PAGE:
A Colorado ballot initiative to increase setback requirements for oil and gas activity could cost the state 54,000 jobs and reduce its gross domestic product (GDP) by $7.1 billion over the first five years, according to a new study from the University of Colorado.

Over a 15-year period through 2031, the proposed 2,500-foot setback requirement would cost the state as many as 104,000 jobs and reduce GDP by $14.5 billion, according to the study. Personal income would decline by $10.9 billion from 2017 to 2031, while real disposable income would decline by $8.3 billion, the study found.

It was prepared by the university’s Business Research Division (BRD) on behalf of the Metro Denver Economic Development Corp., the Denver South Economic Development Partnership and the Common Sense Policy Roundtable.

The study looked at ballot Initiative No. 78, one of a number of oil and gas ballot initiatives currently proposed in Colorado (see Shale Daily, April 14). Under the initiative, all new oil and gas development would have to be set back 2,500 feet from any occupied structures or “areas of special concern,” which would include permanent and temporary waterways, public parks and other public spaces.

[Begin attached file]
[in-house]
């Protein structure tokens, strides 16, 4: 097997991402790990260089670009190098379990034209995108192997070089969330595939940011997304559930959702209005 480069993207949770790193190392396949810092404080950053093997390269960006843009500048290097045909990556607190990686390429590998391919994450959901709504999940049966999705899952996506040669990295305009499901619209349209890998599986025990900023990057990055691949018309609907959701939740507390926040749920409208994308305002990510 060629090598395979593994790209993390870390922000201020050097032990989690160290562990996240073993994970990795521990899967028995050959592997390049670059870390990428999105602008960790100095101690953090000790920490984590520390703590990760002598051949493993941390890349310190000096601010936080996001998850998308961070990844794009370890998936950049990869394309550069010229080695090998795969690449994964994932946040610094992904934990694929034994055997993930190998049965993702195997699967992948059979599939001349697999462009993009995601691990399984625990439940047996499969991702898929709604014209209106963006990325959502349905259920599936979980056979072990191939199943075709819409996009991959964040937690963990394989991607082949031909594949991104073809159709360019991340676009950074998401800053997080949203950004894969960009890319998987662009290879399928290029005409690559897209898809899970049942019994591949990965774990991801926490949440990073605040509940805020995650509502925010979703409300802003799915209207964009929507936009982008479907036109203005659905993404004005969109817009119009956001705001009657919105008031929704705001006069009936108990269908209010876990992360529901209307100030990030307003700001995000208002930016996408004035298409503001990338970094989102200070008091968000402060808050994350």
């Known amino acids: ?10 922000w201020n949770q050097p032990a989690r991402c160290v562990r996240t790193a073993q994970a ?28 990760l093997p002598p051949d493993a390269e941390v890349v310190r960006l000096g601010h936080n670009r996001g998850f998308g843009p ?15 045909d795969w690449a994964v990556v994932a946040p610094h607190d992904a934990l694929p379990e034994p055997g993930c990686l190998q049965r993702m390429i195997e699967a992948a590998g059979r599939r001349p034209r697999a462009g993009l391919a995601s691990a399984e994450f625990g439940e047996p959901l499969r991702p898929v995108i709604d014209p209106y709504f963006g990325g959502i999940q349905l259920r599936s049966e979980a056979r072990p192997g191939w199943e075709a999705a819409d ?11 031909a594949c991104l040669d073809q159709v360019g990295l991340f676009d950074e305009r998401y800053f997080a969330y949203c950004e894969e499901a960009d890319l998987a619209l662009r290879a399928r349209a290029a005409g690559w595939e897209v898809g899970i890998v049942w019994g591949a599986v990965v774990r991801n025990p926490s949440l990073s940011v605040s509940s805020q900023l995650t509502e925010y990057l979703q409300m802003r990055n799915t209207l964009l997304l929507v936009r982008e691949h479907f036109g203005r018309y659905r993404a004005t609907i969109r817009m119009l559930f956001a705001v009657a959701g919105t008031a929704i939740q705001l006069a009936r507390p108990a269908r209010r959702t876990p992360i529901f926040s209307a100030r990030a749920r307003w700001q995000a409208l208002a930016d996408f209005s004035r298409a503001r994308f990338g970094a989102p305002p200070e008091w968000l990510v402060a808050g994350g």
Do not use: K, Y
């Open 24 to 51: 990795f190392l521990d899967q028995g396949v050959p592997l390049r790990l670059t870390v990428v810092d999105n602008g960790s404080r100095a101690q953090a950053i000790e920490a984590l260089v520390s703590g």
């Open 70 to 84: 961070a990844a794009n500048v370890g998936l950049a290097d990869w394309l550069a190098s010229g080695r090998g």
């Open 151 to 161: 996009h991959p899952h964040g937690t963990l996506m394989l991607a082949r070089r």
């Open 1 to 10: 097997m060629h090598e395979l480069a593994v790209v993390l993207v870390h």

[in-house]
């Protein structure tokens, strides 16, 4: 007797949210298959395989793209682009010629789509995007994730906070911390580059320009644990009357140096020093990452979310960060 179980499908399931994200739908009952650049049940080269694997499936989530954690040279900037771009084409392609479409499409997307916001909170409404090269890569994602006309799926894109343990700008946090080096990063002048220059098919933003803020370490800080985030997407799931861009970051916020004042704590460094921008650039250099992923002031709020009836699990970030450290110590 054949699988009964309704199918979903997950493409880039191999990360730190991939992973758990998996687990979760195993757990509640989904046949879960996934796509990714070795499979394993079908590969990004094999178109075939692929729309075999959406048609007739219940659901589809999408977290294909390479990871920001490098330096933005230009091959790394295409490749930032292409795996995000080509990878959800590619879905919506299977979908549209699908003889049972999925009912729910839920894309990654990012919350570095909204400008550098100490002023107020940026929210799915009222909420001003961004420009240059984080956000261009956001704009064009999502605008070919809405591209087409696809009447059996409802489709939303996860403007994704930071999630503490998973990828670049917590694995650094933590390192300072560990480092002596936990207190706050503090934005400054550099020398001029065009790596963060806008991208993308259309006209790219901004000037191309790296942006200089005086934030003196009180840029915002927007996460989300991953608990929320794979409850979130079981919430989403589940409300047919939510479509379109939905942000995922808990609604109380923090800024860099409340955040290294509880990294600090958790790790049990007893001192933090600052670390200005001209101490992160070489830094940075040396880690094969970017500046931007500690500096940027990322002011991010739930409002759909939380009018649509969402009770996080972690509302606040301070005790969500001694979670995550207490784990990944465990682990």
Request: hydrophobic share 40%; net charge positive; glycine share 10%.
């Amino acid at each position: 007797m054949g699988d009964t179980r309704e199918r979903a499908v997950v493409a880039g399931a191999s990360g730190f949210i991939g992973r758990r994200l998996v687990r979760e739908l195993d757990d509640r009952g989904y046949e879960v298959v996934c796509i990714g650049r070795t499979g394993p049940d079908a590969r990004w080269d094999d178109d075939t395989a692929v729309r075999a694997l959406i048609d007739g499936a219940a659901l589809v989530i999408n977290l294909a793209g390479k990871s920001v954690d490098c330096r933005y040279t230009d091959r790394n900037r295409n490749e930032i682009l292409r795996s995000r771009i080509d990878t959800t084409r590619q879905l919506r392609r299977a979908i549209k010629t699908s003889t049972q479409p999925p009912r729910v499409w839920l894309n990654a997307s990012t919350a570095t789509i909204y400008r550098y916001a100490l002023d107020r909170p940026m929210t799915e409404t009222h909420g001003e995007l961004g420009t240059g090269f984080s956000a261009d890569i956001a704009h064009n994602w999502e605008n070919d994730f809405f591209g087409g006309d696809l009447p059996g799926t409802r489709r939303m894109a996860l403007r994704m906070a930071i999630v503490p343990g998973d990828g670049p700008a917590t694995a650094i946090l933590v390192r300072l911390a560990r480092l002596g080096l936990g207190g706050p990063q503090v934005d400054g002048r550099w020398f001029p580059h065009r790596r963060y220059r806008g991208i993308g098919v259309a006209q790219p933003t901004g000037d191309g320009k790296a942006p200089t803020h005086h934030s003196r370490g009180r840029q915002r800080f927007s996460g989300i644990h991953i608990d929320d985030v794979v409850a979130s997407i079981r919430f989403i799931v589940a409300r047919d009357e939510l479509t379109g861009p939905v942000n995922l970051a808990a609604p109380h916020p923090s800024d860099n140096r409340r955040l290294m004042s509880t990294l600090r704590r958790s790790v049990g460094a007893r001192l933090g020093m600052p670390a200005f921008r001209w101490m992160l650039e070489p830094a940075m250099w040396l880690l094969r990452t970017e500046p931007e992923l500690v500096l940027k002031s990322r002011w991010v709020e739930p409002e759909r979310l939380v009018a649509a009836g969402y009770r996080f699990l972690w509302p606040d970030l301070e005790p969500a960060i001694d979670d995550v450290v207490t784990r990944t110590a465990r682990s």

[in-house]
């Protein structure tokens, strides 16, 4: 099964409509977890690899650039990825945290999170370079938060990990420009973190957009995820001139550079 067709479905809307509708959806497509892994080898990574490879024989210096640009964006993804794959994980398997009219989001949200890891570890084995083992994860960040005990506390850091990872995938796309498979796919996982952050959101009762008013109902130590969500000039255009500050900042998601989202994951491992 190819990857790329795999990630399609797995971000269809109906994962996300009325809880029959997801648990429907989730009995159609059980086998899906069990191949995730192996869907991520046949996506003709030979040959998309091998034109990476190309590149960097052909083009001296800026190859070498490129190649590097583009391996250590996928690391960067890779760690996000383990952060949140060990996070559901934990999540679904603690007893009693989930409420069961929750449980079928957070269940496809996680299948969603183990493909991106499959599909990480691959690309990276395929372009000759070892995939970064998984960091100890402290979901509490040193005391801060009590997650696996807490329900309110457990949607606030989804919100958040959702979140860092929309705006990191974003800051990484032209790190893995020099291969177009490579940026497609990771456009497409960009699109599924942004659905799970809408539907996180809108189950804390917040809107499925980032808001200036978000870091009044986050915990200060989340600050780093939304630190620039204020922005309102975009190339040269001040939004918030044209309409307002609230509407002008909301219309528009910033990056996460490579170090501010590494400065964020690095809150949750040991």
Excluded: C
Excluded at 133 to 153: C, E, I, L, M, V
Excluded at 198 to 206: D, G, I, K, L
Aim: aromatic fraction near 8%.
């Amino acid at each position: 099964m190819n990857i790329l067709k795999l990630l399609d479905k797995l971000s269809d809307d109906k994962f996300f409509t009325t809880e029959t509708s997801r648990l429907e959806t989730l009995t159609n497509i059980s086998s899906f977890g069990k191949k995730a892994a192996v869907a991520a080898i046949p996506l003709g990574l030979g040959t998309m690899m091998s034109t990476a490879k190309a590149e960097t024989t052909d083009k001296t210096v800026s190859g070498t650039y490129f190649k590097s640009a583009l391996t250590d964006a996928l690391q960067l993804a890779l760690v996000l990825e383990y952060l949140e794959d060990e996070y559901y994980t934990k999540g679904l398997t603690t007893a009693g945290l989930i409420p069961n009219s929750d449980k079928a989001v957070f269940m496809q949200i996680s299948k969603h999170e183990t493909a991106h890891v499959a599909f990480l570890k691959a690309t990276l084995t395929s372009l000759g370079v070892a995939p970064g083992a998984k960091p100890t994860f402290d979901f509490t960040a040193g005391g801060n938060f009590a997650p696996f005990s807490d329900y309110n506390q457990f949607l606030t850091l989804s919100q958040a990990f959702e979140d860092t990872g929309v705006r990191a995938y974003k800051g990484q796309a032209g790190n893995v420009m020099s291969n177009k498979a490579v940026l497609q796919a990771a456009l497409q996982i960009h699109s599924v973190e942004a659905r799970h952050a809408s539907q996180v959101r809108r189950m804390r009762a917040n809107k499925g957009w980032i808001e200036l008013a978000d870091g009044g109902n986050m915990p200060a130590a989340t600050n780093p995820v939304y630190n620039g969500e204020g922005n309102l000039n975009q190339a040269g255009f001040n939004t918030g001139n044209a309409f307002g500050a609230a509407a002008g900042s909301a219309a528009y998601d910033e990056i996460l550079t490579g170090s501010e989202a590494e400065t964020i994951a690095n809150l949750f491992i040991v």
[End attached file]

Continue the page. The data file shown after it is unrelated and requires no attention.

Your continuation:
The industry has been taking ballot Initiative No. 78 — which BRD calculates would eliminate 90% of Colorado’s land from future oil and gas development — and the other oil- and gas-related initiatives seriously, even though they would face an uphill climb to get onto the ballot and secure voter approval (see Shale Daily, June 14).

“This study illustrates the dire effects of a full attack on an industry that has been historically vital to our state’s economy,” said Metro Denver Economic Development Corp. CEO Tom Clark. “Companies simply would not be able to operate here. This initiative, were it to pass, would usher in the probable demise of the oil and gas industry in Colorado.”

The BRD study used price forecasts and data from the Colorado Oil and Gas Conservation Commission, then applied economic modeling to estimate the impact of the setback initiative. The study also accounted for the recent impacts of declining commodity prices.

“We’re glad the business community is united against these poorly thought out and extreme measures being pushed by outsiders. Both initiatives 75 [to allow local control of oil and gas development] and 78 are aimed at hurting oil and gas families and the industry, but as this new study clearly shows, they are also direct attacks on the state’s economic well-being and on working people and families across Colorado,” Colorado Oil & Gas Association CEO Dan Haley said.

The study shows that the setback initiative “is not about protecting neighborhoods or homeowners, but simply about activists pushing an extreme agenda to end an industry that 5 million Coloradans rely on every day. It will put friends and neighbors out of work and put Colorado’s economy at risk. It’s time to stand up for Colorado.”

Tudor, Pickering, Holt & Co. said last month that Initiative No. 78 could increase uncertainty for energy investors in the lead-up to the Aug. 8 deadline for measures seeking to get on Colorado’s ballot (see Shale Daily, June 14).